First and foremost, you've got to understand what it is that ancient historians mean by "records" of ancient Egypt. We do not, by and large, have accounting ledgers or encyclopedias from that time. They may have existed (well, probably not in the case of the latter) but they are gone to us. What we have instead are the objects that were left behind: sarcophagi, obelisks, the insides of the Pyramids themselves, and so on. For the same reason your local town probably doesn't have a statue on Main Street commemorating the time your country lost a war, these artifacts tend to be heavy on the wins and light on the losses.

There are also archaeological type artifacts such as the tools that were used during this time, the bodies of workers and the pharoahs, and so on, but those, too, tend not to come with instructions. As incredible as people are nowadays at extrapolating out nuggets of information from this evidence, stuff like "oh, in 3496 they lost a battle to the Assyrians" is just not going to appear in these records.

What we do have in the case of Egypt are long periods of time where there isn't a great deal of recorded history. For example, the First Intermediate Period was a time when the lights went out, so to speak. There's still a decent amount of information to be had from the period but nowhere near like what we have before and after. We can surmise from the way the art differed that there was a bit of a split in the empire during this 100 year period, but beyond that, it seems that a lot of what we know about this period of time is what folks said about it afterwards.

Add to that the fact that we've only been able to read hieroglyphics for about 180 years now and you start to get an inkling as to what we have to use.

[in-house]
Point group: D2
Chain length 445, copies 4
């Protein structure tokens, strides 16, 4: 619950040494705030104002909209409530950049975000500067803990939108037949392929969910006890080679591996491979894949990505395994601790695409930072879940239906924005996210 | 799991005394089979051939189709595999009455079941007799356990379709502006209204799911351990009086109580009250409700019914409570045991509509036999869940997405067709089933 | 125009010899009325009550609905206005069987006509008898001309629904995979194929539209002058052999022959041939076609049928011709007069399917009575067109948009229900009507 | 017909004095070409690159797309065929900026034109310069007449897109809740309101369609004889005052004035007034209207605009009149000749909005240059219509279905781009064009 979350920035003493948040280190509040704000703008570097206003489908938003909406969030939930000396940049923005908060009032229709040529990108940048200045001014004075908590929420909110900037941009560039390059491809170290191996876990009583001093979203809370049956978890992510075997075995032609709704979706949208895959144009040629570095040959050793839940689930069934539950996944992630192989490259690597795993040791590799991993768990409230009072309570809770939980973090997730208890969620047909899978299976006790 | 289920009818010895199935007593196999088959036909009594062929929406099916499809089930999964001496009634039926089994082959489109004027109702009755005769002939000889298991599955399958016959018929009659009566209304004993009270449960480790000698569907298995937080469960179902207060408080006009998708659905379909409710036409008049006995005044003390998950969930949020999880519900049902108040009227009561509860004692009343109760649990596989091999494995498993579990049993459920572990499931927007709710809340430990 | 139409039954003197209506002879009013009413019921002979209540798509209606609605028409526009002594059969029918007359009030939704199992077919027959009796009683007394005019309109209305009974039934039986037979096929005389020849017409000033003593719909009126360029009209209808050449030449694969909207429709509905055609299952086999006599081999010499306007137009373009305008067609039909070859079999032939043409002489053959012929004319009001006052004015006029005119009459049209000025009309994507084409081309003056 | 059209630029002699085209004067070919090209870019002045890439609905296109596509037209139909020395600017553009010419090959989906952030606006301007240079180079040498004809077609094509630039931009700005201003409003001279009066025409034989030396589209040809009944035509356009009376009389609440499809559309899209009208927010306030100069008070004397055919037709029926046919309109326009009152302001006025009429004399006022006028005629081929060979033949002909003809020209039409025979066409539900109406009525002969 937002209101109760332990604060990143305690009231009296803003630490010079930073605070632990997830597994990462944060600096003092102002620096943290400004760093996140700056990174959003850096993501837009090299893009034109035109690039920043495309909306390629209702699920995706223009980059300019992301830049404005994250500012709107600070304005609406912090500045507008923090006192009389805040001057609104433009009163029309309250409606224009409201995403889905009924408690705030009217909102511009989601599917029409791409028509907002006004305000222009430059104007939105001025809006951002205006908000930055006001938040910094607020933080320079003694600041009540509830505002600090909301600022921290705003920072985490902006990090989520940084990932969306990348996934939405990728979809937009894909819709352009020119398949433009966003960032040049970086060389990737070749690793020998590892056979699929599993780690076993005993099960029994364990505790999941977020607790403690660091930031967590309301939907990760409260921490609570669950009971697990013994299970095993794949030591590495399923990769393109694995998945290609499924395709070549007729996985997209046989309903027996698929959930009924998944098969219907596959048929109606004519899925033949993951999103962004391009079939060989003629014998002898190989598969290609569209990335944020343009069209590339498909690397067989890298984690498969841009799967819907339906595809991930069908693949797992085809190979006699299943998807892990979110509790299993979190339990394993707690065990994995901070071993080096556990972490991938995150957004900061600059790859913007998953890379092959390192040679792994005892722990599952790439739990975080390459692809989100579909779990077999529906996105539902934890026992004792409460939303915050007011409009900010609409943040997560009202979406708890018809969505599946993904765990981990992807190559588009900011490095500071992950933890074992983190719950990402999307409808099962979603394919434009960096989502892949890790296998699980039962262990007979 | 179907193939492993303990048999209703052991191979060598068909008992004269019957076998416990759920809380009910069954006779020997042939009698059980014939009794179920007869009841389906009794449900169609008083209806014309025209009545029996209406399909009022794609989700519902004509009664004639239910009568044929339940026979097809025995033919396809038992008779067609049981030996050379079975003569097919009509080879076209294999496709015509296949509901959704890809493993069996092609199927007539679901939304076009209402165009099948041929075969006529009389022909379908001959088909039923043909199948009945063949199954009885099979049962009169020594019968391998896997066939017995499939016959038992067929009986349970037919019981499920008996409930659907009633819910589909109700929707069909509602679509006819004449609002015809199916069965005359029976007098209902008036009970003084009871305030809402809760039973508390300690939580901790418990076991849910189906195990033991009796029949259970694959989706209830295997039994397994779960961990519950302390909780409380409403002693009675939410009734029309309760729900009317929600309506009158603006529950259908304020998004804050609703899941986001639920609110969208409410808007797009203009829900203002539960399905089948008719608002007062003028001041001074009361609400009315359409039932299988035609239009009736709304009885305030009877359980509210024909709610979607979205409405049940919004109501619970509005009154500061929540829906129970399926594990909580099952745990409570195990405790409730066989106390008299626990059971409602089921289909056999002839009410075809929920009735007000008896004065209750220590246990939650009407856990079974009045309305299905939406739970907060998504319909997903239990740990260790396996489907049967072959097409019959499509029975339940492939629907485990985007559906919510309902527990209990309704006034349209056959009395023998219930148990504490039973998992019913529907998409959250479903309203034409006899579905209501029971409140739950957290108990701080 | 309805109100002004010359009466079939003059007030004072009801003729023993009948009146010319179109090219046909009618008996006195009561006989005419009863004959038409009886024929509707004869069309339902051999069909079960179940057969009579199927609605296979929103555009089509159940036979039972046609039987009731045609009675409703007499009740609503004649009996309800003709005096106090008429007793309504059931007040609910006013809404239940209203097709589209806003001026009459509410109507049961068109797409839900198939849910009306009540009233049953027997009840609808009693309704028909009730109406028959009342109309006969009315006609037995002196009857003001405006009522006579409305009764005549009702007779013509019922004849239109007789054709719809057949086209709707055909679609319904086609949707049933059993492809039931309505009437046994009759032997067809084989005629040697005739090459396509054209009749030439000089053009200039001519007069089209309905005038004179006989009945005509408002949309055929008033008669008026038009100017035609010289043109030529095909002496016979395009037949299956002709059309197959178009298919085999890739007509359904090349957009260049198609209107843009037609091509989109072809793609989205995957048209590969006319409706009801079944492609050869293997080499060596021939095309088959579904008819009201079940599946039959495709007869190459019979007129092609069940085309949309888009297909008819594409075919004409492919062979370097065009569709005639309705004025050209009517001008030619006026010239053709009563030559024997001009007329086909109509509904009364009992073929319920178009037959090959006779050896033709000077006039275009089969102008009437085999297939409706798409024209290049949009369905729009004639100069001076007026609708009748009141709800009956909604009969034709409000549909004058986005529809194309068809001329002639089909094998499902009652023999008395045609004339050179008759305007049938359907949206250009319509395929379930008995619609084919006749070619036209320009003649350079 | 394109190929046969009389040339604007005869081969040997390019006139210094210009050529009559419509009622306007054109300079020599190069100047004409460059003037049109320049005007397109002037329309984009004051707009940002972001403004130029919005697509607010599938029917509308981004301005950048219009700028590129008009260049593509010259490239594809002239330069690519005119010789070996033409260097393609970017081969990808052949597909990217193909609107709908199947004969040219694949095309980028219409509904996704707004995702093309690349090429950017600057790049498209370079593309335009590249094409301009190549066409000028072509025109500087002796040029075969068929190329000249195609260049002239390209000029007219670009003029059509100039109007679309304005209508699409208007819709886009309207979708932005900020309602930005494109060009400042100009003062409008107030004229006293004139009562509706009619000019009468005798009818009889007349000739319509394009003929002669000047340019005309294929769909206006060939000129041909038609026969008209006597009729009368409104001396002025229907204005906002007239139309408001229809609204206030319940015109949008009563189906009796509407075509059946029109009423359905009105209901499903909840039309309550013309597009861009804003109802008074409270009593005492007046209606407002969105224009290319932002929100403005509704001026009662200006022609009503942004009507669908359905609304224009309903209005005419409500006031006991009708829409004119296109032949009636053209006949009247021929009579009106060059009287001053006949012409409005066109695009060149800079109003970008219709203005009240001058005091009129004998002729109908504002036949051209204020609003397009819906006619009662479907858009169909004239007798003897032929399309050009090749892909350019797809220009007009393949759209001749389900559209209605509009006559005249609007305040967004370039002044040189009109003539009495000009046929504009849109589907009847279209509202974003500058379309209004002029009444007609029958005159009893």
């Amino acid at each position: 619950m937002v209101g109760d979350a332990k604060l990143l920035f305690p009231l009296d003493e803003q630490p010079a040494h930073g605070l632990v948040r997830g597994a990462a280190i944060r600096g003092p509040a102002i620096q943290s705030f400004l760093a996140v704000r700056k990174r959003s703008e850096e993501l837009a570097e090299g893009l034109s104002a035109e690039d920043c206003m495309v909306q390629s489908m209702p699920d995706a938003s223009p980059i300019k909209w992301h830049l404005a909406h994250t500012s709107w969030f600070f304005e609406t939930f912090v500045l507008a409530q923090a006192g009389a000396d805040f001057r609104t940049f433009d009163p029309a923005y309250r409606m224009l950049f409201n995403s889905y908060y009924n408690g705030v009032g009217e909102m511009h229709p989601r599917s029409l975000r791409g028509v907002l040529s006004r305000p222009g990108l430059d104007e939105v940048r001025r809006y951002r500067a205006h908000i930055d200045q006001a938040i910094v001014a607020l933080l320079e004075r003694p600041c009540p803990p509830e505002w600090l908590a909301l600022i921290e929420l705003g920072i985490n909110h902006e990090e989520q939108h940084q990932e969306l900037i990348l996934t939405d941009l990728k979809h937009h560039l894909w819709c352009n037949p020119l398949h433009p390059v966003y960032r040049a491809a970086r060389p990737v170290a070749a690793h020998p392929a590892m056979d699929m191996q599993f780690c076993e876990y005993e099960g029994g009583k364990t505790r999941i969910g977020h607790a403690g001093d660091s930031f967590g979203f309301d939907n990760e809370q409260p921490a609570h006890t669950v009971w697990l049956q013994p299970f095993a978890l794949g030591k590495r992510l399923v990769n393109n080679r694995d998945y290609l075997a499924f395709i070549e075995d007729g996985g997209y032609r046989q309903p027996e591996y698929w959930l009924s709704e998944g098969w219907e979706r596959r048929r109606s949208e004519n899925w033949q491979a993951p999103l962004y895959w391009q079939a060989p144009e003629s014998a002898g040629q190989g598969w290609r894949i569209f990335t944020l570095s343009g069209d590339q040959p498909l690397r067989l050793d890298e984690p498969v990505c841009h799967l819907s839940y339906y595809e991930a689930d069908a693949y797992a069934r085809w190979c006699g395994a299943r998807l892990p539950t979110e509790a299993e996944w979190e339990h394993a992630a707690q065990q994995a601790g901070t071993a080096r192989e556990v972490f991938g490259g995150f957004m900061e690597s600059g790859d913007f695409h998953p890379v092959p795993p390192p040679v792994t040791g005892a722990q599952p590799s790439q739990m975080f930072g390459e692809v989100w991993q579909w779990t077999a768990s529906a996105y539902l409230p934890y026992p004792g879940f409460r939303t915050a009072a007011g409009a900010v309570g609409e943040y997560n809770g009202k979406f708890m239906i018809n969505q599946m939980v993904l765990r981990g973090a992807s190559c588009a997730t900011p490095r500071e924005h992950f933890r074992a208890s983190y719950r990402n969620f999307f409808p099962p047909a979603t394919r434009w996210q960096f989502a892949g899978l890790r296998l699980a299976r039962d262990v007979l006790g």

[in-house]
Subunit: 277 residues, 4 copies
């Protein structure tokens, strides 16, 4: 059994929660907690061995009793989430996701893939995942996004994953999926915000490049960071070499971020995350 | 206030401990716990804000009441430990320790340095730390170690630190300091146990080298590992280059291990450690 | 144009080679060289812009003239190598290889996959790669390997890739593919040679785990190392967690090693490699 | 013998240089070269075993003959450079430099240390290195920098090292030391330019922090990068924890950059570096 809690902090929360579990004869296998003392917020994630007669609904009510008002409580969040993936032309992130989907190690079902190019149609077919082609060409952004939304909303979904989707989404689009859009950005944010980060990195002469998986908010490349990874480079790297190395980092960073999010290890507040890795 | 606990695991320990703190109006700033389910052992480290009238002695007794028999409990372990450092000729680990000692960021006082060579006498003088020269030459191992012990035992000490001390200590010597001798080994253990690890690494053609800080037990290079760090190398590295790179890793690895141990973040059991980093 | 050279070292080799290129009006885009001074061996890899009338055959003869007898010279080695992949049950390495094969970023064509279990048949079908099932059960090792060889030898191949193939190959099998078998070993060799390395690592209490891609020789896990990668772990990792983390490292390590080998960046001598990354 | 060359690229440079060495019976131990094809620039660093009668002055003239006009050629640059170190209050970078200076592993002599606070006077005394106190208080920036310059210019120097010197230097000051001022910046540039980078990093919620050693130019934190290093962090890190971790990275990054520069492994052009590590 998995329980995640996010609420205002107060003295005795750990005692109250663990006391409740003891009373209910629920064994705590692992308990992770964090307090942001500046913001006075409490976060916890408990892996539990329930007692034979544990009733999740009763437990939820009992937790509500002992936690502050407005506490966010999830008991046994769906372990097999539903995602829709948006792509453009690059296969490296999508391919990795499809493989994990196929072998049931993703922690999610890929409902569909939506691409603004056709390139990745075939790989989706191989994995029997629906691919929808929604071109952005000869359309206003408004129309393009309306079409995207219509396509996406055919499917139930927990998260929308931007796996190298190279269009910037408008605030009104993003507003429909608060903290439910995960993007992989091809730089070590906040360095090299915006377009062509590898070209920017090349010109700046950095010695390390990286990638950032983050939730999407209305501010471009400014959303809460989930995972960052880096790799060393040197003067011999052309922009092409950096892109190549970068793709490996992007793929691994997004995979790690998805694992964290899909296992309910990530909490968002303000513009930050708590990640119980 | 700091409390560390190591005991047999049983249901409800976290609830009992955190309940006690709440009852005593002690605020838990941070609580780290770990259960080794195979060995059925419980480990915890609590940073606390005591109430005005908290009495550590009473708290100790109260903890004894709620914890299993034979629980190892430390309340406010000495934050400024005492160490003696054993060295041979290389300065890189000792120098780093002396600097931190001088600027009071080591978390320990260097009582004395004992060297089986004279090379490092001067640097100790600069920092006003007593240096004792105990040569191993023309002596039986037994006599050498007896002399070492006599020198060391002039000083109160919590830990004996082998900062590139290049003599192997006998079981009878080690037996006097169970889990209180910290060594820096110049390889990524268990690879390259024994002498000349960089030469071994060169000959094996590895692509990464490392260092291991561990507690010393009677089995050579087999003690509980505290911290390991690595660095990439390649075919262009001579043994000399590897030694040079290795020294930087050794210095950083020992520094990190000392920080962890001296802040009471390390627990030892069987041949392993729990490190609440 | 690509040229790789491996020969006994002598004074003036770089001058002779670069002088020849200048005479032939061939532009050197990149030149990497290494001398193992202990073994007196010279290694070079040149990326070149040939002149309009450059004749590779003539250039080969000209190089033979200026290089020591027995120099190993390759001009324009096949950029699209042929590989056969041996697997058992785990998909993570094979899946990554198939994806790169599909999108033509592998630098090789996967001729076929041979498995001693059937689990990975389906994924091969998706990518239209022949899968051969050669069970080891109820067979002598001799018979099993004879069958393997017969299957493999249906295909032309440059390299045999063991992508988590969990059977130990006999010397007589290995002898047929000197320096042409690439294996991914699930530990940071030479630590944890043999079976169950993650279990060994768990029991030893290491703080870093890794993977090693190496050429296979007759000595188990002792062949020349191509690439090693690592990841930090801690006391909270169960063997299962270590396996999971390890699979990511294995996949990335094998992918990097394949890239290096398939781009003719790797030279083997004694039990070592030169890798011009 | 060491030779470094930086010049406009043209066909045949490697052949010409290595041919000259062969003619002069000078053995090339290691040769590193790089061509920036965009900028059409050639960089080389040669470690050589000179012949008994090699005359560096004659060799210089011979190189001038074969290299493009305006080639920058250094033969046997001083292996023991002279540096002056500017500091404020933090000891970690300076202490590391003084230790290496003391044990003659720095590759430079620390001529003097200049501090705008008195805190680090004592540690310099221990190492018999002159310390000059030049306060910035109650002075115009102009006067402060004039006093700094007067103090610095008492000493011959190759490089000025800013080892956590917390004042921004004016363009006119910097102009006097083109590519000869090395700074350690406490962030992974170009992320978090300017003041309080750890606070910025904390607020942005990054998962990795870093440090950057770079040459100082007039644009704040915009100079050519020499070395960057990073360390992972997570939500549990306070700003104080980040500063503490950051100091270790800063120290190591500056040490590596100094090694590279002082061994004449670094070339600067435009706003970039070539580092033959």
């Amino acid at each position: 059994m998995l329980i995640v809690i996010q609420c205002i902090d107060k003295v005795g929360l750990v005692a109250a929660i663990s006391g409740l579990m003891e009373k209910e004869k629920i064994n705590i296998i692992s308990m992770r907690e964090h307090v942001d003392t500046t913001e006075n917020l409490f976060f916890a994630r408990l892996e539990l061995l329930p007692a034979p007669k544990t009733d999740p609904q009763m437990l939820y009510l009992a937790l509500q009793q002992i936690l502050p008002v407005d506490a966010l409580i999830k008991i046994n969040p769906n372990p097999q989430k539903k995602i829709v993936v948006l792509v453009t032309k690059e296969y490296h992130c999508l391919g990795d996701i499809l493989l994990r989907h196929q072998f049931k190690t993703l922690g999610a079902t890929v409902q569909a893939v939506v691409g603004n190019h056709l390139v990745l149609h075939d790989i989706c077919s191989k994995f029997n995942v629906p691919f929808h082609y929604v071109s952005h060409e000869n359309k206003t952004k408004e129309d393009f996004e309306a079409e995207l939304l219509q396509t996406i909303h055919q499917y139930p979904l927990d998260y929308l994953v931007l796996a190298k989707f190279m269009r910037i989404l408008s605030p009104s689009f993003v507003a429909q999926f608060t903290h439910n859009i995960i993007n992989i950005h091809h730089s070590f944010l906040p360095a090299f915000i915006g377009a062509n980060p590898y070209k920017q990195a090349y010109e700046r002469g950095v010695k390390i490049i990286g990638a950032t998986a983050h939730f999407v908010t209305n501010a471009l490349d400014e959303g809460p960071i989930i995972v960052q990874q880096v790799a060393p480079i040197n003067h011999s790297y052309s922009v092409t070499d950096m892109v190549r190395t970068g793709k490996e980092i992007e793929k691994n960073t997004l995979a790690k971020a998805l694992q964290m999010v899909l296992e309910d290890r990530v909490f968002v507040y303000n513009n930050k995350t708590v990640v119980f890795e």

As to the specific claims made by the Bible and the Exodus, there is just plain no way that several hundred thousand Jews lived in the Nile delta. There's simply no evidence for a group of that size. Some Egyptologists (notably Robert Breyer) think that the legends may be based on a group that was actually there, but if so they were orders of magnitude smaller than what is portrayed in the Bible and might be better referred to as proto-Jewish rather than actual members of the established tribe.

share|improve this answer
    
No problem. It's all but impossible to prove a negative. –  NotVonKaiser Jul 12 '13 at 2:21
3  
@AL There's nothing to disprove, the assumption that the Egyptians should have recorded their defeats is false. It's an anachronistic argument that doesn't take into account the propagandistic nature of Egyptian records. The argument also falsely assumes that records of defeat would stand the same changes as records of triumphs to survive to this day. Even if records of defeat existed, they wouldn't be found in the friezes in Karnak (for example); they would be written in fragile papyrus, that would have disintegrated after a century or two. –  Yannis Rizos Jul 14 '13 at 6:43